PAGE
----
The Awardist podcast: What do the Golden Globes tell us about the Oscar race?
EW also sits down with 1917 director (and double Globe winner!) Sam Mendes and cinematographer Roger Deakins.
The first major awards of 2020 — the Golden Globes — are in the bag. But can they tell us anything about the race to the Oscars?
As is tradition for the Globes, which are voted on and produced by the eclectic 90-ish members of the Hollywood Foreign Press Association, some weird things went down. There were some expected wins (Renée Zellweger! Brad Pitt!), and some completely unexpected (Missing Link!).
Going into the night, Netflix had more nominations than any other studio or network, with 34 nods across the film and television categories, but it ultimately only walked away with two trophies: Best Supporting Actress in a Motion Picture (Laura Dern for Marriage Story), and Best Actress in a TV Drama (Olivia Colman for The Crown).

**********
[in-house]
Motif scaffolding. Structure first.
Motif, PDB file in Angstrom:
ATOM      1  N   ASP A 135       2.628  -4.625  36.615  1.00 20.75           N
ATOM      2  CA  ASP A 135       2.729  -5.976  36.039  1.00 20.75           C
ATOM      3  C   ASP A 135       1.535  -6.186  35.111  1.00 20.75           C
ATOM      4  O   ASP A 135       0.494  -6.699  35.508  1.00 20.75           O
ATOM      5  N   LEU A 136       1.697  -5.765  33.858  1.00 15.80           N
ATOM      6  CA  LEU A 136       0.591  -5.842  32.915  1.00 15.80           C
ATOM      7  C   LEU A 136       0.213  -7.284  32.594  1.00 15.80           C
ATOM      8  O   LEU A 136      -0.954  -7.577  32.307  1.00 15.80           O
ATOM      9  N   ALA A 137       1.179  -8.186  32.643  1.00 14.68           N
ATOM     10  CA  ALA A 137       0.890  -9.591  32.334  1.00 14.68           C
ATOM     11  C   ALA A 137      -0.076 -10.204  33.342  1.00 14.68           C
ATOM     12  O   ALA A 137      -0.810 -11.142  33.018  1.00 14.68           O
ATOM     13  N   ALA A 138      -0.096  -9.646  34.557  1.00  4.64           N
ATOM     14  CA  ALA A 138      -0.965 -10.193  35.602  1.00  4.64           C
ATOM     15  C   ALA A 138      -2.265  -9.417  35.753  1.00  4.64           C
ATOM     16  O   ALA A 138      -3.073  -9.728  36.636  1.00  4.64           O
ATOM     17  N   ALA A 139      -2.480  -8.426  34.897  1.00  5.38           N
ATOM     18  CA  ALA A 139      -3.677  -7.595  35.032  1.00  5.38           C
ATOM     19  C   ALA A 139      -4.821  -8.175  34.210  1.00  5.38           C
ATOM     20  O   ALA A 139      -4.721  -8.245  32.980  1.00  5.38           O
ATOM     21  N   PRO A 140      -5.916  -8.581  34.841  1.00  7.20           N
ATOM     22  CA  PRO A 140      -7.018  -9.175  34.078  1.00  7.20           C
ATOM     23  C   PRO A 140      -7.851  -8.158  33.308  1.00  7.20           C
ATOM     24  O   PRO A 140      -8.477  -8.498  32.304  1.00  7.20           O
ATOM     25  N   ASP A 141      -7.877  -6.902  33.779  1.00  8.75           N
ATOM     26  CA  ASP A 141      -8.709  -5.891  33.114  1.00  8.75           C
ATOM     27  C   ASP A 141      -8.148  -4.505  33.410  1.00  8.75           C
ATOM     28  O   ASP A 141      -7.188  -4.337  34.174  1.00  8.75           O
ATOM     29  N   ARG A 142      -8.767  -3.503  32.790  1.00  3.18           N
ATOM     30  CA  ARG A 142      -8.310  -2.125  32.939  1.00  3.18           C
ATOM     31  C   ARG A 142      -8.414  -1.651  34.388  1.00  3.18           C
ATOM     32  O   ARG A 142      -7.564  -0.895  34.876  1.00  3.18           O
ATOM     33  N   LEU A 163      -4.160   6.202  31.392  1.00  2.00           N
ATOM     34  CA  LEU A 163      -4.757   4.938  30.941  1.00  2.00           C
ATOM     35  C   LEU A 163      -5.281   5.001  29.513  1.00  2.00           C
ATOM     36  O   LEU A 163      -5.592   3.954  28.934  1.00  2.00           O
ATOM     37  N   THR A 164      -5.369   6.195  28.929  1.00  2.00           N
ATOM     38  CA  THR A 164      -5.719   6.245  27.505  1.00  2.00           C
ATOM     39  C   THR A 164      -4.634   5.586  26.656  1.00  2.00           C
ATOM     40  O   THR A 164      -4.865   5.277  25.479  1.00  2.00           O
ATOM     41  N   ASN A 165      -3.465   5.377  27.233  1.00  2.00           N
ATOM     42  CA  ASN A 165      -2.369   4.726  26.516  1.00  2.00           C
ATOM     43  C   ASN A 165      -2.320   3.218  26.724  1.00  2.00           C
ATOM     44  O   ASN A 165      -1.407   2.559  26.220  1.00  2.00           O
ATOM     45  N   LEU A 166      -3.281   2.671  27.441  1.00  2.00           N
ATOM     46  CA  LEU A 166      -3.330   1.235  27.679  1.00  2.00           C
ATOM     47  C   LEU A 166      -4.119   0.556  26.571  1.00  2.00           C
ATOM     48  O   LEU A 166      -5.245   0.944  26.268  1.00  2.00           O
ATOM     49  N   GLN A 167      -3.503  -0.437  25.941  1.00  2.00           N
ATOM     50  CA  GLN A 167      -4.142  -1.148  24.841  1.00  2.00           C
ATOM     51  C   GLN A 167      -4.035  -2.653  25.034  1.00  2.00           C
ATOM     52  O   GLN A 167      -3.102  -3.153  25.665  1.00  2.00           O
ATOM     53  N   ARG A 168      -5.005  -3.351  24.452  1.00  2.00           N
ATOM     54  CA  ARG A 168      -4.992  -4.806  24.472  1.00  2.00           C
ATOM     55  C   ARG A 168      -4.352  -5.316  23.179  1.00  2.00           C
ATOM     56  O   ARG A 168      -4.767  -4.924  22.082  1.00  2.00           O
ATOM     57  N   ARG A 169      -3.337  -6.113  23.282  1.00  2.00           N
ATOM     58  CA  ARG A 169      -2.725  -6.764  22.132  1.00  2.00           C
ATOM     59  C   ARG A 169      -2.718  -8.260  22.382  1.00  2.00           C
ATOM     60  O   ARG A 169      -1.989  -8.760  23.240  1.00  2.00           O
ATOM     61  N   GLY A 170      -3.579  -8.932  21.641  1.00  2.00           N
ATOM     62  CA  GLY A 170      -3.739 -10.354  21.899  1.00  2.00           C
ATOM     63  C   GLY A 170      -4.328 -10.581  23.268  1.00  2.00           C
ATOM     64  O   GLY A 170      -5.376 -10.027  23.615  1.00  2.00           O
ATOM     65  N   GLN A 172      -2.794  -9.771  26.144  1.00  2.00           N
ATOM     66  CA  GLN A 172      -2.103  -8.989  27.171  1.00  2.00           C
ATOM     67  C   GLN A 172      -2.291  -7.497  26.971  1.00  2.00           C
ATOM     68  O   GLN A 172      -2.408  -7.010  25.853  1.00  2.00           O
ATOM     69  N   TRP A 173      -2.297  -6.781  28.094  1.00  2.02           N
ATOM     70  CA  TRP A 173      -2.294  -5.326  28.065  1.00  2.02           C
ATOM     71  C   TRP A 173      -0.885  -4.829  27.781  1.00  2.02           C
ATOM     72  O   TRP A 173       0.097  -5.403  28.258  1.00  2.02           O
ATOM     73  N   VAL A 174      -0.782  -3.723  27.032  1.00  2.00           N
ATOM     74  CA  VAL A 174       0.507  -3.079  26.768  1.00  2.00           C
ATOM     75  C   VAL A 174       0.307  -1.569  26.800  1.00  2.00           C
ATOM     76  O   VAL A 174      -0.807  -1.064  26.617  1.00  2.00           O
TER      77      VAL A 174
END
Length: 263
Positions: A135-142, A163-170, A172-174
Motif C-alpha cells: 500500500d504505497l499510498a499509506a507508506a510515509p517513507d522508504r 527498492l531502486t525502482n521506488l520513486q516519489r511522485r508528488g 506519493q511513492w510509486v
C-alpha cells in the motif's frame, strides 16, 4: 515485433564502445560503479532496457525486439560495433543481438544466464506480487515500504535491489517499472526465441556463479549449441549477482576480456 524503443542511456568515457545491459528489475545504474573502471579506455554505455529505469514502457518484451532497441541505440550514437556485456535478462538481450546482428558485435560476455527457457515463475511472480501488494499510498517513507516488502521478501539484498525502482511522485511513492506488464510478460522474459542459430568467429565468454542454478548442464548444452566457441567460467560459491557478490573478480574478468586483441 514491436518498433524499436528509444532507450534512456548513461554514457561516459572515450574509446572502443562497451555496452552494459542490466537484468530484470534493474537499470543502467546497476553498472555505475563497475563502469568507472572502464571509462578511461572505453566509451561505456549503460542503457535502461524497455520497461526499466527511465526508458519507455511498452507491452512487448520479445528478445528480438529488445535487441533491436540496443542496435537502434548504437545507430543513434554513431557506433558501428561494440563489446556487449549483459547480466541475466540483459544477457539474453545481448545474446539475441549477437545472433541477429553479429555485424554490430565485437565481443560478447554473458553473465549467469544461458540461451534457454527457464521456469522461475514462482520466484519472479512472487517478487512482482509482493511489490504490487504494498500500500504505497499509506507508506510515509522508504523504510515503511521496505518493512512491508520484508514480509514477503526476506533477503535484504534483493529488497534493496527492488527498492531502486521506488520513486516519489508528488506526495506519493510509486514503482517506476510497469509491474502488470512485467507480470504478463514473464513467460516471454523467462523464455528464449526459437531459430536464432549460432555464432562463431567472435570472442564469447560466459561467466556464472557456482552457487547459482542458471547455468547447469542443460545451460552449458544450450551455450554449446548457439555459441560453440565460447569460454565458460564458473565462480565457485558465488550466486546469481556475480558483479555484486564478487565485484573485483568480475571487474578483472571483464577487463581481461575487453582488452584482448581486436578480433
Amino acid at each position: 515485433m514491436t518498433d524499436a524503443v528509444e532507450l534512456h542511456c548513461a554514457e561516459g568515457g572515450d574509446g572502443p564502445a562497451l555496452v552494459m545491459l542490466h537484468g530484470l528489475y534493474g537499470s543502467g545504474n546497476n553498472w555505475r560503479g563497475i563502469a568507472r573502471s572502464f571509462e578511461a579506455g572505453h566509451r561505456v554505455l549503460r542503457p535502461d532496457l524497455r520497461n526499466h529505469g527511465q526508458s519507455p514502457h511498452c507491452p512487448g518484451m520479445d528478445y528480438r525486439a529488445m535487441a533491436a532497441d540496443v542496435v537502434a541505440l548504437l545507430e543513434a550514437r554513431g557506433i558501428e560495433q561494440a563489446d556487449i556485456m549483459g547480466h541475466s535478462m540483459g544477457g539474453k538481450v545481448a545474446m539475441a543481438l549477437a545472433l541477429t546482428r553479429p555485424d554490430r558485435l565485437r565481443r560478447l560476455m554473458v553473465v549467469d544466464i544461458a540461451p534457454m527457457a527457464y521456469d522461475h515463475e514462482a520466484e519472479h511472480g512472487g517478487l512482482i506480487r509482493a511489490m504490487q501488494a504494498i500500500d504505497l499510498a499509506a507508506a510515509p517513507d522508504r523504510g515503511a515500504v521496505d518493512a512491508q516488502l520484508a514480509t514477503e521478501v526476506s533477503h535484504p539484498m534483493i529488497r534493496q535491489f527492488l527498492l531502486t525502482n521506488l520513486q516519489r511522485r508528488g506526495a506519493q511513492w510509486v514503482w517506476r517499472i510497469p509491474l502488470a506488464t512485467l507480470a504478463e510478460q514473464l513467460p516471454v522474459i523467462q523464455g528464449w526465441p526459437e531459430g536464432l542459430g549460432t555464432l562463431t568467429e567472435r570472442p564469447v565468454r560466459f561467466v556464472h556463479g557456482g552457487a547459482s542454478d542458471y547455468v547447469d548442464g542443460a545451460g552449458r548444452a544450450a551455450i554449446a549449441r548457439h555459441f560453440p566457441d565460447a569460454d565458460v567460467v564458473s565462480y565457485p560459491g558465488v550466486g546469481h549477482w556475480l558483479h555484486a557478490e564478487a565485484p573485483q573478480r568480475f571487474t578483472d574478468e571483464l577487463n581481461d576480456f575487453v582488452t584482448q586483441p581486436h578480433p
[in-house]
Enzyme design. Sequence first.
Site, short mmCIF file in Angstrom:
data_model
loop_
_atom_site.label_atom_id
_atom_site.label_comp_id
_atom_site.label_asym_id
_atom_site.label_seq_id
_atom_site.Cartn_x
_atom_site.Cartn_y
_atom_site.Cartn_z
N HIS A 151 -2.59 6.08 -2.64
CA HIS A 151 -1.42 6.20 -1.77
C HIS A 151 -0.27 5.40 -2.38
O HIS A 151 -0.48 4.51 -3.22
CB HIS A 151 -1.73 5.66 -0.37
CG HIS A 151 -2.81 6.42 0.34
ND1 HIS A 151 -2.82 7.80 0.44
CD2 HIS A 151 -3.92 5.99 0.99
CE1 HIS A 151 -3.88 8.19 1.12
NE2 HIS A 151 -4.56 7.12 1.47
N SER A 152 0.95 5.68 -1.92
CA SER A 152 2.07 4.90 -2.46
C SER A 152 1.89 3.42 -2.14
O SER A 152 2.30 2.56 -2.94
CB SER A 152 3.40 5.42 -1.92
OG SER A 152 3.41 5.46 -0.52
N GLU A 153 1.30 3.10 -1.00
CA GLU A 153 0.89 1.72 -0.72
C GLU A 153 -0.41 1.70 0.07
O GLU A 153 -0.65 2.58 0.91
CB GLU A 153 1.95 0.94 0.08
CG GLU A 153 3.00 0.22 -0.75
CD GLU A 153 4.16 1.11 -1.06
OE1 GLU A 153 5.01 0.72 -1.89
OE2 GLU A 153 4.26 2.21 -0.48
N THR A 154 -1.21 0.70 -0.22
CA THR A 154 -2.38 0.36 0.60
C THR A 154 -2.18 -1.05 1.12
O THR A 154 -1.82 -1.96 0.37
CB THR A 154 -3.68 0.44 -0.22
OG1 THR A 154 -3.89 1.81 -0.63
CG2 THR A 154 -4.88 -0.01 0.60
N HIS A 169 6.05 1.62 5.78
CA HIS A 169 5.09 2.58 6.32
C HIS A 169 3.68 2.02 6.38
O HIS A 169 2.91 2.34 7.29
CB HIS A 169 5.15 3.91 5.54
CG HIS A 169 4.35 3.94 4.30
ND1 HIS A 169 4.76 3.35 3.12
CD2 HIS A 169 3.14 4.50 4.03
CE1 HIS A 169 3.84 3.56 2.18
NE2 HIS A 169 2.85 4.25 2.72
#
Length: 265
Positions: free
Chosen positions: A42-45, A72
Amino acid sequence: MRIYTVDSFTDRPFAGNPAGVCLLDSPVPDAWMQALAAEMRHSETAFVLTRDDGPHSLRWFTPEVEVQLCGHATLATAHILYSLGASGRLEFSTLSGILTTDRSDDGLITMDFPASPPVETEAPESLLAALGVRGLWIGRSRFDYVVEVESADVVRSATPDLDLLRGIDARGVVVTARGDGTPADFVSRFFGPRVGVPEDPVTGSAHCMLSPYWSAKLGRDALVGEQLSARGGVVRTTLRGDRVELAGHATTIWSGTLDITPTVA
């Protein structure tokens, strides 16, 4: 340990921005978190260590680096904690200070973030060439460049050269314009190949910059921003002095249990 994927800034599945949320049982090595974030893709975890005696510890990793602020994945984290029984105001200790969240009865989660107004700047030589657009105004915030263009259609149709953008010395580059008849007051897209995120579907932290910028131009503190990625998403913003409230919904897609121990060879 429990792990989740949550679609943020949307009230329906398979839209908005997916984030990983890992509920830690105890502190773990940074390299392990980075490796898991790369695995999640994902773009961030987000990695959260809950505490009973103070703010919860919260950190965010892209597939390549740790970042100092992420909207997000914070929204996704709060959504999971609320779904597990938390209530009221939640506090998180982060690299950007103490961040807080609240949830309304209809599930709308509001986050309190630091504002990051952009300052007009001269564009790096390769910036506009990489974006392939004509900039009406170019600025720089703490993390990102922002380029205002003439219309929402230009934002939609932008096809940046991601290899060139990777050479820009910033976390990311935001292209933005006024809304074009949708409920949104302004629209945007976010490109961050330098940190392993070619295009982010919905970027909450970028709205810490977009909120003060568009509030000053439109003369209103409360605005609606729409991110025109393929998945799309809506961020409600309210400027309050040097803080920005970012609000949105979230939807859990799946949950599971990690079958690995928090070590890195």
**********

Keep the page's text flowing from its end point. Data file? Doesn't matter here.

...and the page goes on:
Presumed Oscar heavyweight The Irishman went home empty-handed, while late entry 1917 took home two of the night’s top honors: Best Drama and Best Director.
On this week’s episode of EW’s The Awardist podcast, hosts Shana Naomi Krochmal and David Canfield are joined by EW features editor Sarah Rodman to discuss what all this means (or doesn’t) for this year’s Academy Awards race, and they give their review of this year’s Globes ceremony.
Shana and David also break down the newly announced WGA nominees, and give a brief preview of what to look out for from tomorrow’s Directors Guild of America and Producers Guild of America nominations announcements. Plus, David sits down with 1917 director (and double Globe winner) Sam Mendes and cinematographer Roger Deakins, who reveal how they mapped out their one-take concept and what their biggest challenges were while making the film.